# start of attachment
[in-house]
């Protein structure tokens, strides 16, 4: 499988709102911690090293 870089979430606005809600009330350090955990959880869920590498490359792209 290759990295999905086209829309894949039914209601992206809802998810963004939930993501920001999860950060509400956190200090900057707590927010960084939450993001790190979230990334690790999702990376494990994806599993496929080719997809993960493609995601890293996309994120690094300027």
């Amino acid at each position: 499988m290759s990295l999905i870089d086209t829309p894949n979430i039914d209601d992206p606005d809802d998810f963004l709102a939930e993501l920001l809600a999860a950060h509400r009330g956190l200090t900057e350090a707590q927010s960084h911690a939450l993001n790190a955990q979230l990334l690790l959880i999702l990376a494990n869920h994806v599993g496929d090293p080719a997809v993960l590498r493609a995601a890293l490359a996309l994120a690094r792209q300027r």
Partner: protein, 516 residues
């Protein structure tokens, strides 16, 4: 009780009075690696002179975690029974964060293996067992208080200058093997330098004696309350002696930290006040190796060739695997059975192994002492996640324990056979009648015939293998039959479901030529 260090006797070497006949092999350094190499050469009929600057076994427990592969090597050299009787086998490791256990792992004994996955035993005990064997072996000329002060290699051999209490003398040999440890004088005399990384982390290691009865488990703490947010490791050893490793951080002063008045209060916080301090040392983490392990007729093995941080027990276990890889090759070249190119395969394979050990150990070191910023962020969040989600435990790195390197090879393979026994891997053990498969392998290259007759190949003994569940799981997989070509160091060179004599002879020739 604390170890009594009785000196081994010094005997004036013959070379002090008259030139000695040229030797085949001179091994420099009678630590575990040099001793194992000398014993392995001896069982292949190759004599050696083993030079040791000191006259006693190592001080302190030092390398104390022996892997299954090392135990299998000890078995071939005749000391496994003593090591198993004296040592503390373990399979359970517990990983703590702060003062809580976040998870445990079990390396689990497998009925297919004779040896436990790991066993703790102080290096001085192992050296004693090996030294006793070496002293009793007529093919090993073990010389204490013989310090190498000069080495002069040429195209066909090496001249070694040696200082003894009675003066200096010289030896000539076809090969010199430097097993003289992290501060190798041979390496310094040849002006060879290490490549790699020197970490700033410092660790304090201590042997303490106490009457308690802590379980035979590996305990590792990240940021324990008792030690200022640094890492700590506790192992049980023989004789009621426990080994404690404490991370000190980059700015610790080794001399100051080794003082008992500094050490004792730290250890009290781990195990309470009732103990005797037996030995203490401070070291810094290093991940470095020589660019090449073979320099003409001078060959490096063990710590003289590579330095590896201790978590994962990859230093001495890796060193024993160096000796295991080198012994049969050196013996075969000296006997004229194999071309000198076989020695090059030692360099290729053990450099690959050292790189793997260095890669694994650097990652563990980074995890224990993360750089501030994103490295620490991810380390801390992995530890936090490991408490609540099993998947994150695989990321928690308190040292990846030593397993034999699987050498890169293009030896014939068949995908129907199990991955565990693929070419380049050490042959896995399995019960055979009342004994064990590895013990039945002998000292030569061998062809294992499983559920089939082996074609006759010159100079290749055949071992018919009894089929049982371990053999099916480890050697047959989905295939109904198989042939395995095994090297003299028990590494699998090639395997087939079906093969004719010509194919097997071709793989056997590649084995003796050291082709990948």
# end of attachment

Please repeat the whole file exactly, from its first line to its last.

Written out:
[in-house]
């Protein structure tokens, strides 16, 4: 499988709102911690090293 870089979430606005809600009330350090955990959880869920590498490359792209 290759990295999905086209829309894949039914209601992206809802998810963004939930993501920001999860950060509400956190200090900057707590927010960084939450993001790190979230990334690790999702990376494990994806599993496929080719997809993960493609995601890293996309994120690094300027």
């Amino acid at each position: 499988m290759s990295l999905i870089d086209t829309p894949n979430i039914d209601d992206p606005d809802d998810f963004l709102a939930e993501l920001l809600a999860a950060h509400r009330g956190l200090t900057e350090a707590q927010s960084h911690a939450l993001n790190a955990q979230l990334l690790l959880i999702l990376a494990n869920h994806v599993g496929d090293p080719a997809v993960l590498r493609a995601a890293l490359a996309l994120a690094r792209q300027r």
Partner: protein, 516 residues
């Protein structure tokens, strides 16, 4: 009780009075690696002179975690029974964060293996067992208080200058093997330098004696309350002696930290006040190796060739695997059975192994002492996640324990056979009648015939293998039959479901030529 260090006797070497006949092999350094190499050469009929600057076994427990592969090597050299009787086998490791256990792992004994996955035993005990064997072996000329002060290699051999209490003398040999440890004088005399990384982390290691009865488990703490947010490791050893490793951080002063008045209060916080301090040392983490392990007729093995941080027990276990890889090759070249190119395969394979050990150990070191910023962020969040989600435990790195390197090879393979026994891997053990498969392998290259007759190949003994569940799981997989070509160091060179004599002879020739 604390170890009594009785000196081994010094005997004036013959070379002090008259030139000695040229030797085949001179091994420099009678630590575990040099001793194992000398014993392995001896069982292949190759004599050696083993030079040791000191006259006693190592001080302190030092390398104390022996892997299954090392135990299998000890078995071939005749000391496994003593090591198993004296040592503390373990399979359970517990990983703590702060003062809580976040998870445990079990390396689990497998009925297919004779040896436990790991066993703790102080290096001085192992050296004693090996030294006793070496002293009793007529093919090993073990010389204490013989310090190498000069080495002069040429195209066909090496001249070694040696200082003894009675003066200096010289030896000539076809090969010199430097097993003289992290501060190798041979390496310094040849002006060879290490490549790699020197970490700033410092660790304090201590042997303490106490009457308690802590379980035979590996305990590792990240940021324990008792030690200022640094890492700590506790192992049980023989004789009621426990080994404690404490991370000190980059700015610790080794001399100051080794003082008992500094050490004792730290250890009290781990195990309470009732103990005797037996030995203490401070070291810094290093991940470095020589660019090449073979320099003409001078060959490096063990710590003289590579330095590896201790978590994962990859230093001495890796060193024993160096000796295991080198012994049969050196013996075969000296006997004229194999071309000198076989020695090059030692360099290729053990450099690959050292790189793997260095890669694994650097990652563990980074995890224990993360750089501030994103490295620490991810380390801390992995530890936090490991408490609540099993998947994150695989990321928690308190040292990846030593397993034999699987050498890169293009030896014939068949995908129907199990991955565990693929070419380049050490042959896995399995019960055979009342004994064990590895013990039945002998000292030569061998062809294992499983559920089939082996074609006759010159100079290749055949071992018919009894089929049982371990053999099916480890050697047959989905295939109904198989042939395995095994090297003299028990590494699998090639395997087939079906093969004719010509194919097997071709793989056997590649084995003796050291082709990948």